Update: Joe has responded to his critics on the APF Correspondent page, written by Marlowe Hood. View the story here.
After looking at the work of US Olympic team photographer Joe Klamar’s portraits on a CBS news gallery, we were appalled. We know that studio space and time can be tight sometimes, but a pro can make the most of a bad situation. These Olympic photos have bad lighting, composition, angles and poses. We’d like to know why they were released. The background paper is ripped and limbs are cut off.
Klamar appears to be an AFP / Getty images contributor from Europe. Based on the work on his website, he appears to be a great photojournalist. However, there isn’t much lit portraiture on his website. Lighting athletes on a seamless backdrop with limited space and time is tough for any photographer. Experience matters.
Klamar’s photos were taken at a media summit. These sessions are also known as “photo day” or “media day” and can be best described as organized chaos. Remember photo day in high school? It’s like that, except there’s dozens of photographers in a small area. At a recent Yankees “photo day,” space was so limited that photographer Nick Laham had to set up in a bathroom… and you’d never know it.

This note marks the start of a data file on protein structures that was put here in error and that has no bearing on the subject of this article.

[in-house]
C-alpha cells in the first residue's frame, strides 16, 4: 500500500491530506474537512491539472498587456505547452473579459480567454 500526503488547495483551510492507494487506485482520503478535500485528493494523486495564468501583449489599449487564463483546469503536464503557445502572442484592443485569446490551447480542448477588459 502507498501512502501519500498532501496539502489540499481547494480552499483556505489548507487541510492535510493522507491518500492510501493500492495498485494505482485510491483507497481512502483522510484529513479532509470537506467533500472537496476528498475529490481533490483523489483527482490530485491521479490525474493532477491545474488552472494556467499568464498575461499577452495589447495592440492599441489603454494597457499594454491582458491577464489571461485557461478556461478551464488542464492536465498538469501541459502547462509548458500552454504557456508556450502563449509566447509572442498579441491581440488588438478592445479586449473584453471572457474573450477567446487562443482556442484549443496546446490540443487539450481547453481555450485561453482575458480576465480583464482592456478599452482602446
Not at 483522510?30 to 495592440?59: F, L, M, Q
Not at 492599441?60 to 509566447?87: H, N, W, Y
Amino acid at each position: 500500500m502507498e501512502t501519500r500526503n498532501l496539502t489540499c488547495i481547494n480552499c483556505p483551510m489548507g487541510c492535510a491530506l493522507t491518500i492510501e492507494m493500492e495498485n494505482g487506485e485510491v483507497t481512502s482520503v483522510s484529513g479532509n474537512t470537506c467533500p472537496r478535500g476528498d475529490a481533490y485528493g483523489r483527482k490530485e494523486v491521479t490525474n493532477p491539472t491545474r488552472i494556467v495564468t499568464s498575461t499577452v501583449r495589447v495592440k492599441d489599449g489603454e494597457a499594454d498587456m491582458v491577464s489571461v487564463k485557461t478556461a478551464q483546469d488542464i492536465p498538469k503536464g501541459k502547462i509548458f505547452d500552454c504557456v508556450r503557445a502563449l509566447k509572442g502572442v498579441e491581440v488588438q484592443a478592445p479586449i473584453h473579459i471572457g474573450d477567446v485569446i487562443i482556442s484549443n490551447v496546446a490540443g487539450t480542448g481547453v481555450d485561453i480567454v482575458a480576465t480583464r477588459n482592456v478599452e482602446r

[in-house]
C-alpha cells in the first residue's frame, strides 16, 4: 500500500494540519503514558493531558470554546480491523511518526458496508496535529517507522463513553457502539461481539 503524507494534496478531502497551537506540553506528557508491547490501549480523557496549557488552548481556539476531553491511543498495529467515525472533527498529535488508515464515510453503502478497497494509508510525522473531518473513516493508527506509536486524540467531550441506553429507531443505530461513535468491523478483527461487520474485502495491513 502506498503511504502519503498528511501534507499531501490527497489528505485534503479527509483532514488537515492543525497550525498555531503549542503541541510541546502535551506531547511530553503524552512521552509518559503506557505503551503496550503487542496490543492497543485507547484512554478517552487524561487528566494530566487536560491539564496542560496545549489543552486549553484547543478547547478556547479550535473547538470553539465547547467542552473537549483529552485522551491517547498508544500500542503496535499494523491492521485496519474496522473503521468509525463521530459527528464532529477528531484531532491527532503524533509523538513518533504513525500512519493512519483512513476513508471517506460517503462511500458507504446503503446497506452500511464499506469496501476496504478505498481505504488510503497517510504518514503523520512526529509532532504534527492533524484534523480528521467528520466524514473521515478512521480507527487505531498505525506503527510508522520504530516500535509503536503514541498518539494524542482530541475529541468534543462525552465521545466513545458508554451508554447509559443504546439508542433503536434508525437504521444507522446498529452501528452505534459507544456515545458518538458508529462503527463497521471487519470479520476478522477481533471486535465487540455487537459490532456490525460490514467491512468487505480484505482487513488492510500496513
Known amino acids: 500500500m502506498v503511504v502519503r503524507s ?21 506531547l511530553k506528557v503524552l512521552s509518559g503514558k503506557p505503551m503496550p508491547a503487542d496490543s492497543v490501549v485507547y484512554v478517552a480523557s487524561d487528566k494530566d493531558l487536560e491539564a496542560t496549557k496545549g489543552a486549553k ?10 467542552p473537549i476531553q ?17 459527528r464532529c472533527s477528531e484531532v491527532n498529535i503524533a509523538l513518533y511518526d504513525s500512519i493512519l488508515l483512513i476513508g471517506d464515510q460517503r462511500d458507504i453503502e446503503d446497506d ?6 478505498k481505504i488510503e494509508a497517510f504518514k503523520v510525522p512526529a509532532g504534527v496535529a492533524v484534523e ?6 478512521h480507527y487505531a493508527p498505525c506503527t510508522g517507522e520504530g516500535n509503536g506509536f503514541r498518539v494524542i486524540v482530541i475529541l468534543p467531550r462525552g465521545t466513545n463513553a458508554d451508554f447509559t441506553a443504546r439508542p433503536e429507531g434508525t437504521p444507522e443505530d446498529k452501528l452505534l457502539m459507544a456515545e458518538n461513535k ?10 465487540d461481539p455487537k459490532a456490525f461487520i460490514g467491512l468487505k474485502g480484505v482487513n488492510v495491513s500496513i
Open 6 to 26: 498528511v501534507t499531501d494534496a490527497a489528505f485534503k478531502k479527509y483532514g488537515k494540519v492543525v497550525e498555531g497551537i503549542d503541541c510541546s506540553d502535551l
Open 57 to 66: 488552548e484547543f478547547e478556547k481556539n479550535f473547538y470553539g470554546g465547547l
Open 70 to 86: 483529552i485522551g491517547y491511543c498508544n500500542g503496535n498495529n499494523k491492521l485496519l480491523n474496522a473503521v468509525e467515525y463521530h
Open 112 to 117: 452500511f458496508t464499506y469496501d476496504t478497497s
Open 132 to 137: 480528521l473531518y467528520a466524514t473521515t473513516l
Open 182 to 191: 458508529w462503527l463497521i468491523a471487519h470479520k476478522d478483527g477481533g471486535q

Here are a few of Klamar’s images which have sparked outrage from photographers worldwide.
Below is an example of what “photo day” looks like at the Yankees spring training camp in Tampa. There were many more photographers indoors in locker rooms, meeting rooms and other empty spaces. Hours before the athletes arrive, credentialed photographers from many media agencies set up flashes, stands and backgrounds inside and outside to make portraits of the team. The media agencies use the images throughout the year for news stories. Photographers have anywhere between 15 seconds and 2 minutes with each athlete.
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